New UN sanctions spark North Korean fury
UNITED NATIONS - The UN Security Council ordered expanded sanctions Tuesday against North Korea for a banned rocket launch, triggering a defiant pledge by Pyongyang to bolster its nuclear deterrent.
The Security Council added North Korea's state space agency, a bank, four trading companies and four individuals to the UN sanctions list, and threatened "significant action" if the North stages a nuclear test.
The resolution, proposed by the United States, was passed unanimously by the 15-nation council, including North Korea's only major ally, China.
Pyongyang insists its December 12 rocket launch was a peaceful, scientific mission aimed at putting a satellite in space.
The UN resolution condemned it as a disguised ballistic missile test that violated existing sanctions imposed after the North's nuclear tests in 2006 and 2009.
The US government had sought a tough UN response to Pyongyang, as China tried to shield its ally from a new set of sanctions.
US Ambassador Susan Rice said the resolution was a sign that North Korea will have "an increasingly steep price" to pay if it chooses confrontation.
China's UN envoy Li Baodong stressed that sanctions alone would fail unless they were supplemented by a concerted diplomatic effort to engage Pyongyang in negotiations.
The Security Council demanded that the North suspend "all activities related to its ballistic missile program" and "abandon all nuclear weapons and existing nuclear programs in a complete, verifiable and irreversible manner."
It also expressed "its determination to take significant action in the event of a further DPRK (North Korea) launch or nuclear test."
The Korean Committee for Space Technology, the government agency that organized last month's rocket launch, topped the list of new bodies sanctioned.
The list also included Bank of East Land, which the resolution said had been used to transfer funds to "in a manner that circumvents sanctions" and had dealt with banks in Iran that also face UN sanctions.
Korea Kumryong Trading Corp., Tosong Technology Trading Corp., Korea Ryonha Machinery Joint Venture Corp. and Leader International (based in Hong Kong) were also added to the list.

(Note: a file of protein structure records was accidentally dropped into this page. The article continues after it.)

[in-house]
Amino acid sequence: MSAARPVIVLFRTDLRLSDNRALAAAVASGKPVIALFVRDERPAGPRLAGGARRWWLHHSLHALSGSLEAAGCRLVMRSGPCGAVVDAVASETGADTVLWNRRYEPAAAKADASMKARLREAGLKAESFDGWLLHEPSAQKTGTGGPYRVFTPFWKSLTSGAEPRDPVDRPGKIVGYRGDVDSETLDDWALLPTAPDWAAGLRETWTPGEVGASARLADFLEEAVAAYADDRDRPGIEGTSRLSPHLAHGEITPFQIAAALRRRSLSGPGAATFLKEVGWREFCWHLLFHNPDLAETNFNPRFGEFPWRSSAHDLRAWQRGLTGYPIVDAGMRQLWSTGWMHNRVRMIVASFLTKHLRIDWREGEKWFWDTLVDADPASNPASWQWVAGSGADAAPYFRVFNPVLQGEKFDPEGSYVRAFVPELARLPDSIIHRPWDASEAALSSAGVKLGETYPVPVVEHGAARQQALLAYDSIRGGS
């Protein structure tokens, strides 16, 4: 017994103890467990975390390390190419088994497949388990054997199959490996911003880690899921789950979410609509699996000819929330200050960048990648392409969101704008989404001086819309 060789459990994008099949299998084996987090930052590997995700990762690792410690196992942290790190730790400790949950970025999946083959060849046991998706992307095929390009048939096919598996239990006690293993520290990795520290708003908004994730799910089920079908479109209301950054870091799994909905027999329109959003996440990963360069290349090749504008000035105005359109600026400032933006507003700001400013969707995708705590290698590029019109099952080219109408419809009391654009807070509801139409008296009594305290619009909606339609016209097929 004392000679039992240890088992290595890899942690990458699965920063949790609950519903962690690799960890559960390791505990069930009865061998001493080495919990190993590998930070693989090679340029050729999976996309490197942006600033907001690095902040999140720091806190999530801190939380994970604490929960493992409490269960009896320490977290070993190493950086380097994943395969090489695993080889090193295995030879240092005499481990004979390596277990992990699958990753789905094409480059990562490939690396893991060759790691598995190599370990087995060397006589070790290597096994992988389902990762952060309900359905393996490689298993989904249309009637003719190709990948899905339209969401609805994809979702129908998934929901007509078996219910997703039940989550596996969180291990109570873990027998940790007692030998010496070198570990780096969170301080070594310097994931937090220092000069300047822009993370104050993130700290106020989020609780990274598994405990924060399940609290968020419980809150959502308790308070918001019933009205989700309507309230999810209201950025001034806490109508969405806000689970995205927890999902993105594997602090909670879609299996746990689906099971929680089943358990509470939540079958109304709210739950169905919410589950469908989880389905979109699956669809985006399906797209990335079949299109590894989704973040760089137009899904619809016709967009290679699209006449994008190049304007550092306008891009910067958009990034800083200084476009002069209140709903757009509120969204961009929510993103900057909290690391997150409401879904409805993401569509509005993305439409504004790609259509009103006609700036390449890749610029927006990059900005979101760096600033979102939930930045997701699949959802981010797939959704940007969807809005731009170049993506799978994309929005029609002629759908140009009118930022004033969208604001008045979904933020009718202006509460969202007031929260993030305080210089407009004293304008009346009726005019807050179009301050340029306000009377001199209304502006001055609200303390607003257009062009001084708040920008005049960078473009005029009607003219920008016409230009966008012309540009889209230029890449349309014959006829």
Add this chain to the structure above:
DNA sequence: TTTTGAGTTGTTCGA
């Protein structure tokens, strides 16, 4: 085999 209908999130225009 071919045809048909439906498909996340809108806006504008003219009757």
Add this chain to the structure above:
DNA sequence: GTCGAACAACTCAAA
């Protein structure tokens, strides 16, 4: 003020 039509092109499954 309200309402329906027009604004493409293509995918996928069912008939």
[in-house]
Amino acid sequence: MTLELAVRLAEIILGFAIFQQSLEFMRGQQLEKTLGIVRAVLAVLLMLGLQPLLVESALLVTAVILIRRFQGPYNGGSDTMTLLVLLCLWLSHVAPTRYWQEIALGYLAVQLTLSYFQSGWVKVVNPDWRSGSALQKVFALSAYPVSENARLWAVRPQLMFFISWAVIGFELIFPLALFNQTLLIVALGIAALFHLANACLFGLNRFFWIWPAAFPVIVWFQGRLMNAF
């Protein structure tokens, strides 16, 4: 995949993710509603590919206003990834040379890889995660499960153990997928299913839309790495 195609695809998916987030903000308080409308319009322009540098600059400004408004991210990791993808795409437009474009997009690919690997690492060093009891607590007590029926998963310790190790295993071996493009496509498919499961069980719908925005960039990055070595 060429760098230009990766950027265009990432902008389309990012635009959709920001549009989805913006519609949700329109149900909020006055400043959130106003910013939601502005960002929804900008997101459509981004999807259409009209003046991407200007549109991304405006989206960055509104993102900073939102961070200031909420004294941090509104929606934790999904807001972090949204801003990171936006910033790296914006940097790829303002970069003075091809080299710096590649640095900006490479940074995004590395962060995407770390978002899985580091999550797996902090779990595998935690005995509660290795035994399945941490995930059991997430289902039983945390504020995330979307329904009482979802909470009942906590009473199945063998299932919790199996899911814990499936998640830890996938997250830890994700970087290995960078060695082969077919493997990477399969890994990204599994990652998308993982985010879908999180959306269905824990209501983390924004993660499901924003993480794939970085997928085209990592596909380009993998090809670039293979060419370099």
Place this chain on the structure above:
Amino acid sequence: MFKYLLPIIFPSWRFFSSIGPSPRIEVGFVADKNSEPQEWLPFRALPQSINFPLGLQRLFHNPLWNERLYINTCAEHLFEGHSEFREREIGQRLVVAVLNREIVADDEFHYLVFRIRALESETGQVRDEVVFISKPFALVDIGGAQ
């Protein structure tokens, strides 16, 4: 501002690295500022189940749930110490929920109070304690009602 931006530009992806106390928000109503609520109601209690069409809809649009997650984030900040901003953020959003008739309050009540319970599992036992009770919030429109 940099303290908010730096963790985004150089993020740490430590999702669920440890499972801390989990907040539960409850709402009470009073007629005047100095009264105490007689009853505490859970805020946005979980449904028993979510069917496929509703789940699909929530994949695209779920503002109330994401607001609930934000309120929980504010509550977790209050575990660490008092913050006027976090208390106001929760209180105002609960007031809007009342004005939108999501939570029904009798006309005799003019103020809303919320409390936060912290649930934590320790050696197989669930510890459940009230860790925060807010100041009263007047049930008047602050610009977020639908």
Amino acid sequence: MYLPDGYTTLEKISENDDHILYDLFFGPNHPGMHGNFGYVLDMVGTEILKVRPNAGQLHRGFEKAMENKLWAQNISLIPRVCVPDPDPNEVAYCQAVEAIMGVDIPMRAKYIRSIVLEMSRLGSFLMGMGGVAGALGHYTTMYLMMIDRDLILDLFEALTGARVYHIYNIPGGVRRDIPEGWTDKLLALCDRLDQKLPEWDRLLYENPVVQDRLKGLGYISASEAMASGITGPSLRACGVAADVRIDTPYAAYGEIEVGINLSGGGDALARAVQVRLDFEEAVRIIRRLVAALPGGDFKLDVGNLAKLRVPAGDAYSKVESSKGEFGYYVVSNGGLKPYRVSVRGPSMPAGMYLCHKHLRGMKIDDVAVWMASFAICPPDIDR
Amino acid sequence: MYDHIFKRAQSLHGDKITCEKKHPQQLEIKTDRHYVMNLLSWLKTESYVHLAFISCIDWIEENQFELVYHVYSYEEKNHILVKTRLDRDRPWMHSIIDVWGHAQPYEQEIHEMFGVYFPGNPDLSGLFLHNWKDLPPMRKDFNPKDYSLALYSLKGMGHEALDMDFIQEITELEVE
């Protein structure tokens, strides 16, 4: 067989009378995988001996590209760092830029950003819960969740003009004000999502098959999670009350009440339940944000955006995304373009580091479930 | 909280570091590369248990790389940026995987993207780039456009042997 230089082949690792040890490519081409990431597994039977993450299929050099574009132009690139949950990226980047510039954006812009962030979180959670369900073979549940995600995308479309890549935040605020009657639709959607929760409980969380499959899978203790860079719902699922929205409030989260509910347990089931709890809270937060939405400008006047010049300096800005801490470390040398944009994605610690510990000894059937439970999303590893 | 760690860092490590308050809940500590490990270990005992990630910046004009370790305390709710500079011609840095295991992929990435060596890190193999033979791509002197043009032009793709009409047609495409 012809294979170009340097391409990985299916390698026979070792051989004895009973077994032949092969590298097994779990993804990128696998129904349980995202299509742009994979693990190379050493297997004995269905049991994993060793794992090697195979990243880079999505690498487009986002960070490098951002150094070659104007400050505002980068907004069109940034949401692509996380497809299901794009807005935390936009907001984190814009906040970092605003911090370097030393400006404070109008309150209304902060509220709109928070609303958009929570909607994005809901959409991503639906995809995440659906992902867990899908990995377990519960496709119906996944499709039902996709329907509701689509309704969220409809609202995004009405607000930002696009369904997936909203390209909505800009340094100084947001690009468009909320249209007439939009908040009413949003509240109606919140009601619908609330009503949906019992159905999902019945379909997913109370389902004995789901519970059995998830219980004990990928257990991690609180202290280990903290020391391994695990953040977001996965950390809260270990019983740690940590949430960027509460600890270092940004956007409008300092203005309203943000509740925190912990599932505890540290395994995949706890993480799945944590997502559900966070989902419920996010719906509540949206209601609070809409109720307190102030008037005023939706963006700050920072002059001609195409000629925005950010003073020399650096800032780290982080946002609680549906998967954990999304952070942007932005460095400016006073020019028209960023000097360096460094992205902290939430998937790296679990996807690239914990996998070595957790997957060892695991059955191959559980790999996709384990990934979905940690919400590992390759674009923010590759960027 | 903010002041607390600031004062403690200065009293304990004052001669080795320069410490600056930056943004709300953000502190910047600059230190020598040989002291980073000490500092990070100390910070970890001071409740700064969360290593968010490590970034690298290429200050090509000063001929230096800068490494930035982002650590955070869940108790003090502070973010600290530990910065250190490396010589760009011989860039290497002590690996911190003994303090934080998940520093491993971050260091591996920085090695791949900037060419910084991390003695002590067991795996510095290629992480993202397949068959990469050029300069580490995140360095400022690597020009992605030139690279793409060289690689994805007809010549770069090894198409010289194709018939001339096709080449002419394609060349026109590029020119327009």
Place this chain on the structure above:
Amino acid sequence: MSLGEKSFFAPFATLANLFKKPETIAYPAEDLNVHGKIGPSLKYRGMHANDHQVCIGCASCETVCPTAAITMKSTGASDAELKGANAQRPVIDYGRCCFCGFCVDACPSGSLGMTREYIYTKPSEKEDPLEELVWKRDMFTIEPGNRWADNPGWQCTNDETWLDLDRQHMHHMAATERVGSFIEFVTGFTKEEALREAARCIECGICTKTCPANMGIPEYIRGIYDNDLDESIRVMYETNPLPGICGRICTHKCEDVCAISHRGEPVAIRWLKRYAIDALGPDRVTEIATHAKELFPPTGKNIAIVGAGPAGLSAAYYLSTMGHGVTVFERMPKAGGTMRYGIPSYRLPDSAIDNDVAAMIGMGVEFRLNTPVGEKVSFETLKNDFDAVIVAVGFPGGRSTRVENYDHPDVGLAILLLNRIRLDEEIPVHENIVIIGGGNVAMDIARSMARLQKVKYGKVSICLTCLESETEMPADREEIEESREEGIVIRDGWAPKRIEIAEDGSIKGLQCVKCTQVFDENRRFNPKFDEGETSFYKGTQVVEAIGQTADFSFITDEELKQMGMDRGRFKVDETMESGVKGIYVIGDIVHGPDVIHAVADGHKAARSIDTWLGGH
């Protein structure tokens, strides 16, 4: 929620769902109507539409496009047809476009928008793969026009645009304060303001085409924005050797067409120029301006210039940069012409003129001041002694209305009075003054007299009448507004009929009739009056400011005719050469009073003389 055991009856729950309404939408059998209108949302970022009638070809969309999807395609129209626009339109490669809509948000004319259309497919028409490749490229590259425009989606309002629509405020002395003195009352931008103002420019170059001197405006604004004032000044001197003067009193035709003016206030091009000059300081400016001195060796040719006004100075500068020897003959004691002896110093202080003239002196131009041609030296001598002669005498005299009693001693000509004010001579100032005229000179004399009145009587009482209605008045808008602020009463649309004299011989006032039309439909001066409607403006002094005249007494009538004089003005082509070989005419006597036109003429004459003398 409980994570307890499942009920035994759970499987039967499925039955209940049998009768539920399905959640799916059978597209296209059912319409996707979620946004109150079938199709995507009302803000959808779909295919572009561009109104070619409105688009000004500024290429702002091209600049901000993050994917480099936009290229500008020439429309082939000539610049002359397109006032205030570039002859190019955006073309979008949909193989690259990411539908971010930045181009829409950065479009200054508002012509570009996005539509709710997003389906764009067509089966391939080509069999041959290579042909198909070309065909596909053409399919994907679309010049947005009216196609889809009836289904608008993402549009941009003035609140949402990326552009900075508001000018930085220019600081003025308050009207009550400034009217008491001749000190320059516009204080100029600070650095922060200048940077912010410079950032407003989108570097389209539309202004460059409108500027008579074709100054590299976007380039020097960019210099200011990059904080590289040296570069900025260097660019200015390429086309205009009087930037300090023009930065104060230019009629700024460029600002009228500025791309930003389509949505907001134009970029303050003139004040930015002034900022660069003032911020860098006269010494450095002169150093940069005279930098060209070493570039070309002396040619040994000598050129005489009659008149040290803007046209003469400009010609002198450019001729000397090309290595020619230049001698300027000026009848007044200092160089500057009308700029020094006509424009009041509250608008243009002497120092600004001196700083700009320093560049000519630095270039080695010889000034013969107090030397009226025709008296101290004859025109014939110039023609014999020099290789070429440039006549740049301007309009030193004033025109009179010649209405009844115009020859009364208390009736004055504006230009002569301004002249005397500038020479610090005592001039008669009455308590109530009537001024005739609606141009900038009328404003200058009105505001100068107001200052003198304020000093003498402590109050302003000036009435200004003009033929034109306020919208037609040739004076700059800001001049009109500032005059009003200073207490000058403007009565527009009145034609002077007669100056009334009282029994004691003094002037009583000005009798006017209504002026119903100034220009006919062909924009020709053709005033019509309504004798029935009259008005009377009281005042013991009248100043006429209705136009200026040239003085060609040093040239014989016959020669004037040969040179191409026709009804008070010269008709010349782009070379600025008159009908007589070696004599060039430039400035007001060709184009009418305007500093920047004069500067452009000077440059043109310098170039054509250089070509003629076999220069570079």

All were accused of procuring equipment for North Korea's nuclear and missile development or of exporting and dealing in arms. The resolution deplored the North's use of "bulk cash" to avoid sanctions.
The four individuals put on the list were all involved in North Korea's technology development or bank officials.
"This resolution demonstrates to North Korea that there are unanimous and significant consequences for its flagrant violation" of previous resolutions, Rice told reporters.
North Korea's foreign ministry quickly slammed the council and hinted that a new nuclear test could be planned.
"We flatly reject and condemn the UN Security Council's extremely unfair resolution," said a ministry statement.
"We will take physical actions aimed at expanding and strengthening our self-defensive military forces, including nuclear deterrence."
Last month, a US think-tank used satellite photos to suggest the North has repaired extensive rain damage at its nuclear test site in the northeast of the country and could conduct a detonation at two weeks' notice.
China's Li said that despite his country's support for the resolution, the Council had to be "prudent, measured, proportionate, conducive to peace and stability," urging new efforts to "avoid the escalation of tension."
China has been trying to revive moribund six-nation talks on the North's nuclear program.
But North Korea's foreign ministry said there would be "no dialogue to discuss denuclearization of the Korean peninsula."
Analysts said the expanded sanctions would have a limited impact, but stressed the importance of China's backing for the resolution.
"North Korea would collapse without Chinese support. So when China backs sanctions, even if they aren't that tough, it's significant," said Robert Kelly, professor of Political Science and Diplomacy at Pusan National University.
South Korea, a temporary member of the council since January 1, welcomed the resolution, as did Japan and UN leader Ban Ki-moon.
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